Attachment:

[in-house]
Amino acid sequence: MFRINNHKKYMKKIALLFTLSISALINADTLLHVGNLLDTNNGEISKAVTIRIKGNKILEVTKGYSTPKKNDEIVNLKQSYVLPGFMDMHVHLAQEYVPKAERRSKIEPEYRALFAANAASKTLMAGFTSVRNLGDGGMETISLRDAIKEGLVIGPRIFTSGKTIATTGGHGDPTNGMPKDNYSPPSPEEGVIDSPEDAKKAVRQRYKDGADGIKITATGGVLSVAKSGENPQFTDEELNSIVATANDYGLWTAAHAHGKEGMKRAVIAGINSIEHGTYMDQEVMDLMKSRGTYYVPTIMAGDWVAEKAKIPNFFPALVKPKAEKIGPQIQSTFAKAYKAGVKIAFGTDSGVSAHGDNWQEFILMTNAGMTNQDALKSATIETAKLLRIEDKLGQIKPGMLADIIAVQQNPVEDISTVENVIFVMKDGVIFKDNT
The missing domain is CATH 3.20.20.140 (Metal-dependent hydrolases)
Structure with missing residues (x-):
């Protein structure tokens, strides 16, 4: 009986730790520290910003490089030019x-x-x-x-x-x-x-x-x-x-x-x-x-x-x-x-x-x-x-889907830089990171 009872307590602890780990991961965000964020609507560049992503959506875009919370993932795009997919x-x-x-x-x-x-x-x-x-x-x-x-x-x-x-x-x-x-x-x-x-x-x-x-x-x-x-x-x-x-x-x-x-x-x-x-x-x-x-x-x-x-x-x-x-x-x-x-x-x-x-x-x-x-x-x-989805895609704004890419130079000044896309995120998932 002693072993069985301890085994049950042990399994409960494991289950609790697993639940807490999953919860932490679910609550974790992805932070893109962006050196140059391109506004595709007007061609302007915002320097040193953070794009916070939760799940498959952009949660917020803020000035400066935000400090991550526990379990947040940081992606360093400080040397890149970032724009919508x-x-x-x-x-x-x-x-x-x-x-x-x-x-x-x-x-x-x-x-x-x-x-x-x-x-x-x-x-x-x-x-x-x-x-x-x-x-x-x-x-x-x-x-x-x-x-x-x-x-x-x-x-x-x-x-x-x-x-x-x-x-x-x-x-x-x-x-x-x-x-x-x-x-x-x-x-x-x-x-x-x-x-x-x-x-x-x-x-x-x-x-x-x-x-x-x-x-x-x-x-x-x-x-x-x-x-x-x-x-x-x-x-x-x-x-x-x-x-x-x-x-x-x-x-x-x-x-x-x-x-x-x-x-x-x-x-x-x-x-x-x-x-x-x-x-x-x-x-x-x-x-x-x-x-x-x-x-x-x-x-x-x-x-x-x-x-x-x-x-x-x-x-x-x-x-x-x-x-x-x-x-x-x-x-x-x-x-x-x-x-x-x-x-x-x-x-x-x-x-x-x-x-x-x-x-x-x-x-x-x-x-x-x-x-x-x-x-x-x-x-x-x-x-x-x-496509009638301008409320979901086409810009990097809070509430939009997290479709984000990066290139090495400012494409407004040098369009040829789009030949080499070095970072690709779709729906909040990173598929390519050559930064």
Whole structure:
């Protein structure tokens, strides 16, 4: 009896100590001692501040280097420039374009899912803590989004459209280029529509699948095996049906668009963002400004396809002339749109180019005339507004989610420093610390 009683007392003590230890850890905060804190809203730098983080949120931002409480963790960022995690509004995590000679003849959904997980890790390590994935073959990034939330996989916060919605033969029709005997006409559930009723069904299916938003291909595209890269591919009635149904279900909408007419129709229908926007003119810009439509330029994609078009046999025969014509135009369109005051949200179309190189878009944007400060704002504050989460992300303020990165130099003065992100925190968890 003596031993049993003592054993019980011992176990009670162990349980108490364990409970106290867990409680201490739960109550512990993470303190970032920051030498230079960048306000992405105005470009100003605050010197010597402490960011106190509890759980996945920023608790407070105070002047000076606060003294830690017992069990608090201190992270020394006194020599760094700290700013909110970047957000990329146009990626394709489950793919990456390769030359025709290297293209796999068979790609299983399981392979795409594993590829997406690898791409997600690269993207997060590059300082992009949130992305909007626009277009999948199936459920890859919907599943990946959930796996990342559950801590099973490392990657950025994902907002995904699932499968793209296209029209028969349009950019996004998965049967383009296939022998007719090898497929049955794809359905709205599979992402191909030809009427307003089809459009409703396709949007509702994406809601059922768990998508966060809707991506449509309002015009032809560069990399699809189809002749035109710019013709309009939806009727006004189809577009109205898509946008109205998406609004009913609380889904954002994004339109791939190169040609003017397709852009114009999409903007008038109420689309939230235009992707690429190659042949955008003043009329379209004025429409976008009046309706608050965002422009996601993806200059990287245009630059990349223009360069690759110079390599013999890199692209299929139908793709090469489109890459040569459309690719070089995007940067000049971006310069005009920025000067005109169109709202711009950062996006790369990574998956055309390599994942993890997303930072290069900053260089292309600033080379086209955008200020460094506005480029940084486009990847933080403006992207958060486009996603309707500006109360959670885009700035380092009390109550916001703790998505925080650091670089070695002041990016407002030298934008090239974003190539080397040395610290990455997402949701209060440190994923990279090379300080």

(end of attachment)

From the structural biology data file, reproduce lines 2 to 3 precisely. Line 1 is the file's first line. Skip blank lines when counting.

Amino acid sequence: MFRINNHKKYMKKIALLFTLSISALINADTLLHVGNLLDTNNGEISKAVTIRIKGNKILEVTKGYSTPKKNDEIVNLKQSYVLPGFMDMHVHLAQEYVPKAERRSKIEPEYRALFAANAASKTLMAGFTSVRNLGDGGMETISLRDAIKEGLVIGPRIFTSGKTIATTGGHGDPTNGMPKDNYSPPSPEEGVIDSPEDAKKAVRQRYKDGADGIKITATGGVLSVAKSGENPQFTDEELNSIVATANDYGLWTAAHAHGKEGMKRAVIAGINSIEHGTYMDQEVMDLMKSRGTYYVPTIMAGDWVAEKAKIPNFFPALVKPKAEKIGPQIQSTFAKAYKAGVKIAFGTDSGVSAHGDNWQEFILMTNAGMTNQDALKSATIETAKLLRIEDKLGQIKPGMLADIIAVQQNPVEDISTVENVIFVMKDGVIFKDNT
The missing domain is CATH 3.20.20.140 (Metal-dependent hydrolases)